Sunday, 5 June 2011

Denied a village fete, matron of the shires composes a long blog post

So in my diary were these appointments with England.

That is: Stewkley Village Church Fete; Family Fun Day at Oxford's Museum of Musical Instruments (sure to turn into a vale of tears); Morris Dancing in Stony Stratford; and a grand time with the Royal Institution and their happy forensic science hands-on, Poking About in Cadavers.

Reader, we did none of them.

The children opted to stay at home all this weekend and mess up the garden. I would show you pictures of what they did, but it is raining and I can't be bothered. Suffice to say it involved squatting in mud, stabbing at the earth with screwdrivers even though they have been told not to, and sieving soily lumps through my broccoli colander, the one that I searched for all last week.

I am quite sad. Not about the loss of my colander. I have learned my lesson. Now I buy charity shabby chic and not pricey Philippy Starck. Not about the loss of my garden, either. That attachment went a long, long time ago. When the creatoids from Zelta Minor came to live on Planet Earth, and I watered my soil with tears. The next year my cherished garden gave me back brambles to bite my legs.

I am sad because of a different form of loss: all this England stuff is the stuff of my lesson making.

Yes, I know all this ye olde England country worship on this blog makes me sound like I am an insular small-minded crotchety old battle-axe, complete with wellies, tweed, Yardley, a shelf for a bosom yearning after the mythology of the shires, and ripe for the picking by UKIP.

That as it may. It is also the education that lures me.

For example, I maintain (recklessly) that Morris Dancing down your local High Street has the same stuff of living to teach us as Wagnerian Opera!

Well, okay, I won't push that, but what I mean is, I can get something from Morris dancing to tell the children; it is a creation of people, history, society and culture, just the same as Wagner or the village fete or the dread of the family fun day.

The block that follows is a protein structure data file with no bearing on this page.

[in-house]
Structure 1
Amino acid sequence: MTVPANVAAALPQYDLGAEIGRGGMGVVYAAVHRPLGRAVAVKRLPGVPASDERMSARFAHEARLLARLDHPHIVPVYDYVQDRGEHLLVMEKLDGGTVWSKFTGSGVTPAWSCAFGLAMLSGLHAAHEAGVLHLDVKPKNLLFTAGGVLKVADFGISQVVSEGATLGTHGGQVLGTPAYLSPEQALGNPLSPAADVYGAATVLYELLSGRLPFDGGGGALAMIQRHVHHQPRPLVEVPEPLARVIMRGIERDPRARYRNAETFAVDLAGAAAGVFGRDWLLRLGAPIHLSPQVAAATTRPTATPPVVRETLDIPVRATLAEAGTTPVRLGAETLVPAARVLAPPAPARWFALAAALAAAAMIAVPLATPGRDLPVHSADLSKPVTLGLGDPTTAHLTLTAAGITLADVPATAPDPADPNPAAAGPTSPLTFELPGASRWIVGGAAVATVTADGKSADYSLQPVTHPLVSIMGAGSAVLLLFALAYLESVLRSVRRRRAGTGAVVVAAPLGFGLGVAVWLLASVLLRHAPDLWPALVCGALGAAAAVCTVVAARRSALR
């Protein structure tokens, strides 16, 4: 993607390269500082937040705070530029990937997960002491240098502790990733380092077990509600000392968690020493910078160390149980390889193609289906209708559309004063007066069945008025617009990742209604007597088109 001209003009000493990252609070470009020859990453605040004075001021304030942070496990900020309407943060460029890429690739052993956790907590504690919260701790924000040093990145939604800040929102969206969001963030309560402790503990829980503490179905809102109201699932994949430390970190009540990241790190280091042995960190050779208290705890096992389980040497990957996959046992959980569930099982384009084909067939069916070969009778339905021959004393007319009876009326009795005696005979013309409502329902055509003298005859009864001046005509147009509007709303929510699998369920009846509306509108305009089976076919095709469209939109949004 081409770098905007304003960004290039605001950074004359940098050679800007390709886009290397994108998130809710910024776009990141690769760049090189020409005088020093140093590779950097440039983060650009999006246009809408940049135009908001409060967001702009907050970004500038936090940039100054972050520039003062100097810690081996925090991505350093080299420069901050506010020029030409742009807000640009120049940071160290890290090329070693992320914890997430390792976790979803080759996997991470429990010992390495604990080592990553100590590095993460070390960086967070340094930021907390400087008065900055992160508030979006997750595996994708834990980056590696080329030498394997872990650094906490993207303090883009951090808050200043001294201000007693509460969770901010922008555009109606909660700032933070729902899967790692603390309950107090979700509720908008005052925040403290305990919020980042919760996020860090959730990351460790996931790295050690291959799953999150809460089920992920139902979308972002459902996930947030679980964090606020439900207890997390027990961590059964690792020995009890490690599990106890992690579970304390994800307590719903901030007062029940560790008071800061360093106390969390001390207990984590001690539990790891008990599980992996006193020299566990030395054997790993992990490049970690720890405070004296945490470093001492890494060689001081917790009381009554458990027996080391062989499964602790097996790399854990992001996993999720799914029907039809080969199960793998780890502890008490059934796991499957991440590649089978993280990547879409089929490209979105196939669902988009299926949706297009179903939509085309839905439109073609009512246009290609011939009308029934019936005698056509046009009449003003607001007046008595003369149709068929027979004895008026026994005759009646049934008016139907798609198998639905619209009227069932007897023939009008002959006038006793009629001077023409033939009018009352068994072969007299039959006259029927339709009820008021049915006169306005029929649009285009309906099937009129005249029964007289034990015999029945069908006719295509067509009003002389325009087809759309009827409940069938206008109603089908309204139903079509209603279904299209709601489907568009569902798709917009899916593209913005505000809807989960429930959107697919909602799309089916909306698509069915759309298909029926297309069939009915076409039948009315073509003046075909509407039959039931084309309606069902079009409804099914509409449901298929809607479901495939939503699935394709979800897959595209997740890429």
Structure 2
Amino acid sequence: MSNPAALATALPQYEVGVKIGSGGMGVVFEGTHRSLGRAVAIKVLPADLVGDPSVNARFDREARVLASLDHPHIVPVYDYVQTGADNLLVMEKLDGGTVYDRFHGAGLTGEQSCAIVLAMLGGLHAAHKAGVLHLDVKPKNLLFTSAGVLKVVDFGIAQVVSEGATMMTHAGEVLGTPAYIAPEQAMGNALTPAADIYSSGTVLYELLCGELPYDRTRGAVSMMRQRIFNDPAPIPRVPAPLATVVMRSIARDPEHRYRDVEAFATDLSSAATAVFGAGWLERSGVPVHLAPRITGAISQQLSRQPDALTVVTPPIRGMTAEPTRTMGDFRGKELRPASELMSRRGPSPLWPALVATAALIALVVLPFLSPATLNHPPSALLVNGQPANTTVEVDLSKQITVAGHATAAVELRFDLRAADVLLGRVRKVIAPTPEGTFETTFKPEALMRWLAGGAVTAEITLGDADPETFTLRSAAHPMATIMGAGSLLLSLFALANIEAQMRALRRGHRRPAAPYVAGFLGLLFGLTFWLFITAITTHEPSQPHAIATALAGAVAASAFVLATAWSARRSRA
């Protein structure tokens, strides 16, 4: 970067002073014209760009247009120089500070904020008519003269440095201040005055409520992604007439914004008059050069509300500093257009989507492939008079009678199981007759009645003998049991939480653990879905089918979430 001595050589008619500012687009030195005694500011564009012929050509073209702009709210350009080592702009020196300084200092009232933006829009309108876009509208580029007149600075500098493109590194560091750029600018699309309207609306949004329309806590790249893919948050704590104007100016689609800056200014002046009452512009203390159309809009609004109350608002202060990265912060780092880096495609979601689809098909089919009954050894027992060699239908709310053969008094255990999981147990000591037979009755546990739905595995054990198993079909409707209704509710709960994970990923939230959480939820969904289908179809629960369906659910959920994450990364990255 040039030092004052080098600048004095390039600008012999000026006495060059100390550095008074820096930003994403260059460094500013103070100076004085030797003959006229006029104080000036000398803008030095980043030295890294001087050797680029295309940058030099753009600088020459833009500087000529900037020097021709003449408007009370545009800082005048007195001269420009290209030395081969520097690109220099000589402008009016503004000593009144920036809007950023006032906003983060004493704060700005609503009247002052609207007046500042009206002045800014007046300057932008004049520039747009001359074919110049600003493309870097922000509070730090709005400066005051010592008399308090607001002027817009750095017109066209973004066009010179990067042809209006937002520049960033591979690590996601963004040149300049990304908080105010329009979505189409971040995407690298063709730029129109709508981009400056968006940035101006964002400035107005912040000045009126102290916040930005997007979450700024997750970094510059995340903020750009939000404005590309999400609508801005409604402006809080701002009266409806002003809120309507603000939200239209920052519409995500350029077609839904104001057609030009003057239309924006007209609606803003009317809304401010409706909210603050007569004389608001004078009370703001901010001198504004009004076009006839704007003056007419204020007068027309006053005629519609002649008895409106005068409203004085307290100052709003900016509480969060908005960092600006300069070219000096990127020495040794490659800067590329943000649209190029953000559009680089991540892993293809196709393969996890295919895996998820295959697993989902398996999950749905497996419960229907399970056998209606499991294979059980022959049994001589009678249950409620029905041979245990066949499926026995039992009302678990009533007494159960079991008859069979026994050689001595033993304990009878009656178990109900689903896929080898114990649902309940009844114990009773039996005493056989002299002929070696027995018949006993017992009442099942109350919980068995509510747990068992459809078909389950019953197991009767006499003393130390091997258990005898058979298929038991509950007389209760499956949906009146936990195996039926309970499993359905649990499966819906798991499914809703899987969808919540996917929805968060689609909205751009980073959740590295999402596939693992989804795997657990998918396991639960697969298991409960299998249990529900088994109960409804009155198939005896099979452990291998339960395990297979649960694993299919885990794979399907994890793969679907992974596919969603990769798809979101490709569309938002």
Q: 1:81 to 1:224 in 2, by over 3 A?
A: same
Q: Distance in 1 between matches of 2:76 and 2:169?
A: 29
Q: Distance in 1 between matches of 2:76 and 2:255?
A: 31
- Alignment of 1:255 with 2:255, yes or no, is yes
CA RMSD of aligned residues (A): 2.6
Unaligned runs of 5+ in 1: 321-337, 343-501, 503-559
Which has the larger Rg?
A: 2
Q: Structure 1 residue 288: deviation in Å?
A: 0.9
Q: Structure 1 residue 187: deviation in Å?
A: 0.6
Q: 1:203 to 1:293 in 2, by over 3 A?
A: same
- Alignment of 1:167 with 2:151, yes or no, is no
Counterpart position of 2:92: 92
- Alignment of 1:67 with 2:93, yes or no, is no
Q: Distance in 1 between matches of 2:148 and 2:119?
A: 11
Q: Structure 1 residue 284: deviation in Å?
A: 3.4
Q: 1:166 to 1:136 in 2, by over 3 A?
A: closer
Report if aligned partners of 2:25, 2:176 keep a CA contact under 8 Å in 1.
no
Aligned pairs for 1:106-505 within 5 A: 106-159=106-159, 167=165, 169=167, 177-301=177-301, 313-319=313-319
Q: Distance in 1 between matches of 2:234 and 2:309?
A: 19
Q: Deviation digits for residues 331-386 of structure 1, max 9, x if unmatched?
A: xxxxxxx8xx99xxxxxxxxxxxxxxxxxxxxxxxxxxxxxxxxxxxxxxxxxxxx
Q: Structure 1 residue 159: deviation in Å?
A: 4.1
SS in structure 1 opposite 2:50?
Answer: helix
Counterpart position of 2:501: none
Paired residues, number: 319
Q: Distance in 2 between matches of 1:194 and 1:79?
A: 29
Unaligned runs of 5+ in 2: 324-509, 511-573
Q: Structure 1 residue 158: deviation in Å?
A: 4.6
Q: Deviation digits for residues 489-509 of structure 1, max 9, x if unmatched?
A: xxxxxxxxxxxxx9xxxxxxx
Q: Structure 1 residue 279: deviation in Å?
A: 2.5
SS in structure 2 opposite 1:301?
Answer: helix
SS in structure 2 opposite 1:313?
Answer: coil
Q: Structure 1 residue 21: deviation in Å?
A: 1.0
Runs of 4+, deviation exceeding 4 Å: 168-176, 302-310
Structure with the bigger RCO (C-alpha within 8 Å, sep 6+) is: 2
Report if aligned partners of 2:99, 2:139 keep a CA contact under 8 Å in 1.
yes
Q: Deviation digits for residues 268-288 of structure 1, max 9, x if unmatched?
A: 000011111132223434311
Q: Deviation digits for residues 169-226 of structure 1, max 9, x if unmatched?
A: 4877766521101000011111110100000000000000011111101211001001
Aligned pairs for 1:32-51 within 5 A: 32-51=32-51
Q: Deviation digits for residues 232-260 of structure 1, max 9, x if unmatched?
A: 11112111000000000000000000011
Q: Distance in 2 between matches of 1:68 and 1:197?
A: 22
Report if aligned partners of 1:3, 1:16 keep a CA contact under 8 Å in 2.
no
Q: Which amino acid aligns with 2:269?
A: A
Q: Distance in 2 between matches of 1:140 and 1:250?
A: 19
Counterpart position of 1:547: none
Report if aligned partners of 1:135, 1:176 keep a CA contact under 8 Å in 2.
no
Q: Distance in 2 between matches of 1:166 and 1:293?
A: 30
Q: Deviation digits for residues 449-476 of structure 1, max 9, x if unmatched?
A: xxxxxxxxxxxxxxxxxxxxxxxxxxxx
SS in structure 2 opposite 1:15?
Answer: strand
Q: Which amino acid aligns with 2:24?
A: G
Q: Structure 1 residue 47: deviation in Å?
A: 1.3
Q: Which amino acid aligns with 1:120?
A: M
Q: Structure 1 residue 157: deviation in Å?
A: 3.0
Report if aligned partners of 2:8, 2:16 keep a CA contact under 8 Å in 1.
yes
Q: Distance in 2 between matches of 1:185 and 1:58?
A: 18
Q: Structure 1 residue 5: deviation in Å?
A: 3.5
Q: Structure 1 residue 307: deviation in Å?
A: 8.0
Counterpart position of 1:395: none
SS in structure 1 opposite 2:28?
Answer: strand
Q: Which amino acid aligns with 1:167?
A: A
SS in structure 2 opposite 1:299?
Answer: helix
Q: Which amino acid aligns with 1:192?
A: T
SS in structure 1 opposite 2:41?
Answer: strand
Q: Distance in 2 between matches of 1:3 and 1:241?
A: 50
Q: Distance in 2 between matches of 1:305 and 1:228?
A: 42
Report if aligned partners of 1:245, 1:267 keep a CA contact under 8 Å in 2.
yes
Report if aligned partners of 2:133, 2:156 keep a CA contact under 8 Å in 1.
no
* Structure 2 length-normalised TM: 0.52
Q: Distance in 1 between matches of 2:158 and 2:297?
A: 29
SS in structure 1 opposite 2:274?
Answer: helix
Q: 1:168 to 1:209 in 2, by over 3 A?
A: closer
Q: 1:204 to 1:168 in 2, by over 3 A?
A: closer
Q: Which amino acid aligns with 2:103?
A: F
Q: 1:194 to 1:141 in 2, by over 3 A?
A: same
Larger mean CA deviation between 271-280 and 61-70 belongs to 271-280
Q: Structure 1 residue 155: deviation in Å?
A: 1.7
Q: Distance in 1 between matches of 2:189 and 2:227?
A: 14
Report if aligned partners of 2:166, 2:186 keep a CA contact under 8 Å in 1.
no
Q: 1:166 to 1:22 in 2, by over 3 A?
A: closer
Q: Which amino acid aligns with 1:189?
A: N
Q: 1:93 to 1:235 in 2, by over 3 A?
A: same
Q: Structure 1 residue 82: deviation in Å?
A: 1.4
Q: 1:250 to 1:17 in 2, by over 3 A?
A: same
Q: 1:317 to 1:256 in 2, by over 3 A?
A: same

Give me Morris dancing and I can give the children a two-hour discussion on folk history. If I feed them chocolate ice cream, I can get onto philosophy and politics. If I shut them up long enough with promises of pasta pie, I can take on death, religion and art. See? I am already inspired enough to start the research.

But their decision means I must remain at home, lessonless, denied an opportunity to pontificate (hence the long blog posts). Instead, my students are lured by the magic of the soil, and stab at it with screwdrivers even though they have been told not to.

Do not tell them how I am sad at their choice. How secretly I have unfulfilled desires for which home education is merely a cover. That beneath the shelf of my tweeded bosom beats a heart yearning to poke my nose in England's local doings. I am here for such a short time! I must get on my wellies! If I cannot attend a village fete before the end of July they will be all done and dusted! And then what will happen? It will be the nightingale trauma, all over again.

4 comments:

Sugarplum Kawaii said...

Matron of the shires...Very 'Carry On' sounding. Excellent post as always. Love the image of the girls screw-drivers stabbing the garden!

Nora said...

You have been denied your Englishness for too long and must soon surrender it again. No wonder you want to wallow in it. The girls are too in the form of poking screwdrivers in the English soil. You'll never see them do that in Hong Kong.

MadameSmokinGun said...

Yardley! The smell of the white elephant stall at St Lawrence's Xmas bazaars of old...... And Tweed the perfume.... the smell of BO....

Sorry I'm back. Did you ever catch that programme that the Unthank sisters (more well-known as ...The Unthanks) made about folk dancing around England? It was shown on one of the BBC thingies - BBC3 or BBC4 - a while ago but you were probably in HK. Worth a Google.

I won't insult you by mentioning Cecil Sharpe House now shall I? I'm sure you've sniffed the insides many a time. I keep meaning to drag some children there but then remember that they hate folky stuff. I hate most of it actually. But underneath the graveyard weight of worthy nasal pomposity you can find real gems..... maybe use a screwdriver?

sharon said...

For an abundance of Morris Dancing (and quite a lot of other Olde English stuff) you need to attend the Dickens festival in Rochester Kent. If my memory serves me right, which is not a given at the moment, it is held over several days in May/June. I'm sure one of the springtime bank holidays features in it. We used to go every year when we lived in Kent. I think you would all enjoy it. Google it and maybe put it in the diary for next year ;-)